Rain eases up in June, but ‘it’s hard to say what will happen’
Rainfall totals for June are not adding up to be as wet as May was in Lawrence, according to the National Weather Service in Topeka.
May was the fifth wettest month on record, with 10.13 inches of rain recorded at the University of Kansas weather observing station. The monthly average for the month is 5.19 inches, said meteorologist Sarah Teefey.
“It was 4.94 inches above the average, which is pretty significant,” Teefey said. The wettest May on record for Lawrence was in 1915 when 12.95 inches of rain fell.
As of June 19, only 2.37 inches of rain have fallen in central Lawrence for the month, according to data from the KU observing station. That is below the June month-to-date average, which is 3.63 inches.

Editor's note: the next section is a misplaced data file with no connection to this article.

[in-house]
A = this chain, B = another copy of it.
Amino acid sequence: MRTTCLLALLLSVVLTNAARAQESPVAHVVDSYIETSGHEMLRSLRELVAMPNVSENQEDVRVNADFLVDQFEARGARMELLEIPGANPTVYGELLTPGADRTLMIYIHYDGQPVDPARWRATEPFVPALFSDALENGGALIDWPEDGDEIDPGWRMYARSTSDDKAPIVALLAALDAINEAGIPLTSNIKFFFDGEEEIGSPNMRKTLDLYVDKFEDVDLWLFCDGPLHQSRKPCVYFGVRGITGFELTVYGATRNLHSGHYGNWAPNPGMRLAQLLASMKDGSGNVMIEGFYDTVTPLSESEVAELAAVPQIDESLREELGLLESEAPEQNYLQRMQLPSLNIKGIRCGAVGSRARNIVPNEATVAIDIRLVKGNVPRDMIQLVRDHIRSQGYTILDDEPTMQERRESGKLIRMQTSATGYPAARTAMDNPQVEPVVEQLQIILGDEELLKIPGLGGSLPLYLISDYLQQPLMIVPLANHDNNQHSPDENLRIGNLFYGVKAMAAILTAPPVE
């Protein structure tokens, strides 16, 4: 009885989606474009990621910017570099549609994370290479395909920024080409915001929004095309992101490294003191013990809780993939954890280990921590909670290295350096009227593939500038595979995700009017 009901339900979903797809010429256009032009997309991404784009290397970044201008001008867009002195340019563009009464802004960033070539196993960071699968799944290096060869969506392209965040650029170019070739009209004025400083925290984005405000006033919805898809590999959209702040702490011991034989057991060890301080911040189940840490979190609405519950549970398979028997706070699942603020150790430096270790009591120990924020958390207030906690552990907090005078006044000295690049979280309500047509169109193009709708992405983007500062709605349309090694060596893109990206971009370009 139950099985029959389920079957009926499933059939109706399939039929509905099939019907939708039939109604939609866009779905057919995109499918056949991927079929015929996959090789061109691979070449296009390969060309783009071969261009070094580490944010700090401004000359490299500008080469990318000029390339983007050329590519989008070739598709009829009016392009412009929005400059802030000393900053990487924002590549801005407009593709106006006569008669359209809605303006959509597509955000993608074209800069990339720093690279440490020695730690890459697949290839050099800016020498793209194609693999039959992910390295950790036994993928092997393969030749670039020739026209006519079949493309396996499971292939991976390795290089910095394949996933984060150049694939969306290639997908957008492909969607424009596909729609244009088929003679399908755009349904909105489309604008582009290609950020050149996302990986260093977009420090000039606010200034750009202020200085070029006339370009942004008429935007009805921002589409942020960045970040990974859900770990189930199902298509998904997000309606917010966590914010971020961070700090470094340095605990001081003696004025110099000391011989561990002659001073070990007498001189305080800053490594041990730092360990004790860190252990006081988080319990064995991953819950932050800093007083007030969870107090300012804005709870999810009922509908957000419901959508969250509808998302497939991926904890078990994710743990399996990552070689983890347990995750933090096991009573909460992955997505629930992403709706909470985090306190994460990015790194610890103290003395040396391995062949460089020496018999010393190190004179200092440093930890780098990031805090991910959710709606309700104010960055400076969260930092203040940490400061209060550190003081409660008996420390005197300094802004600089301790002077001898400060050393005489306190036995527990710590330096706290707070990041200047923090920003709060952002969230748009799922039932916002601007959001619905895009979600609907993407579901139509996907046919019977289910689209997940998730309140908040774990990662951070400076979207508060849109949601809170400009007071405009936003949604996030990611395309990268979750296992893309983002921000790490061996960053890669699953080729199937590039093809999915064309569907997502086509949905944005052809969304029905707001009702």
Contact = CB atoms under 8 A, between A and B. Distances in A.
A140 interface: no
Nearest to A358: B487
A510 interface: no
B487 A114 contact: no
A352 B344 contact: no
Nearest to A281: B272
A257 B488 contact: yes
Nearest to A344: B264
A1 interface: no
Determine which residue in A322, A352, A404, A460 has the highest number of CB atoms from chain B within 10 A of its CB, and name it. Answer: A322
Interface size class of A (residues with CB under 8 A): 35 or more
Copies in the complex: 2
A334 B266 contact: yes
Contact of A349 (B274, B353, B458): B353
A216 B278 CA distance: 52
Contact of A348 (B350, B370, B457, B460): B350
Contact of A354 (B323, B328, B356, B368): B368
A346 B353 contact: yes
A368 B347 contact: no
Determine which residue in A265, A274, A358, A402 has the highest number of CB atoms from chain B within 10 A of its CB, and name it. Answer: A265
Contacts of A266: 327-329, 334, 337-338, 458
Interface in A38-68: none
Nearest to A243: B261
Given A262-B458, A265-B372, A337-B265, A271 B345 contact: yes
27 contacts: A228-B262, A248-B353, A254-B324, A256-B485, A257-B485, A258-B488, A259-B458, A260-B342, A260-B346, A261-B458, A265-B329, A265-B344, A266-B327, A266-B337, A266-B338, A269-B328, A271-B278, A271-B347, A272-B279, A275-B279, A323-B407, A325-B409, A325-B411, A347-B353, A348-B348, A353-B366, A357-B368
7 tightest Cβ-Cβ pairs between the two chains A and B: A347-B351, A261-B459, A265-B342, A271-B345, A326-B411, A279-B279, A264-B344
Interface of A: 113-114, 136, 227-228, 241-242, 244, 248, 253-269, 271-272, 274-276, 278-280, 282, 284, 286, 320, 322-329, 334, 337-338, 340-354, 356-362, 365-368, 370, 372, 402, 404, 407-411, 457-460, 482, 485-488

“Right now we are 1.26 inches below the average for June 19,” Teefey said.
June is typically the wettest month of the year, with an average monthly precipitation total of 5.46 inches, Teefey said.
According to records at the KU observing station, which date back to 1857, the wettest June was 1965, when a total of 16.25 inches of rain fell during the month.
“It’s hard to say what will happen by the end of the month,” Teefey said.
Forecasters are calling for chances of rain from Friday through Tuesday.
Teefey estimates that the best chances for rainfall will be late Saturday night into early Sunday, which could bring half an inch of rain to central Lawrence. However, more rain could fall depending on a thunderstorm’s intensity.
Also, some of the muggiest conditions of the year are expected to hit Lawrence by Friday, when the high is expected to reach 92 degrees and the heat index to soar to 100 degrees.
Statewide, according to information from The Associated Press, May was the wettest month in Kansas history. The Kansas State University Weather Data Library said average rainfall in May was 10.26 inches, the wettest month on records going back 125 years. The deluge broke the previous record set in June 1951.
— The Associated Press contributed to this report.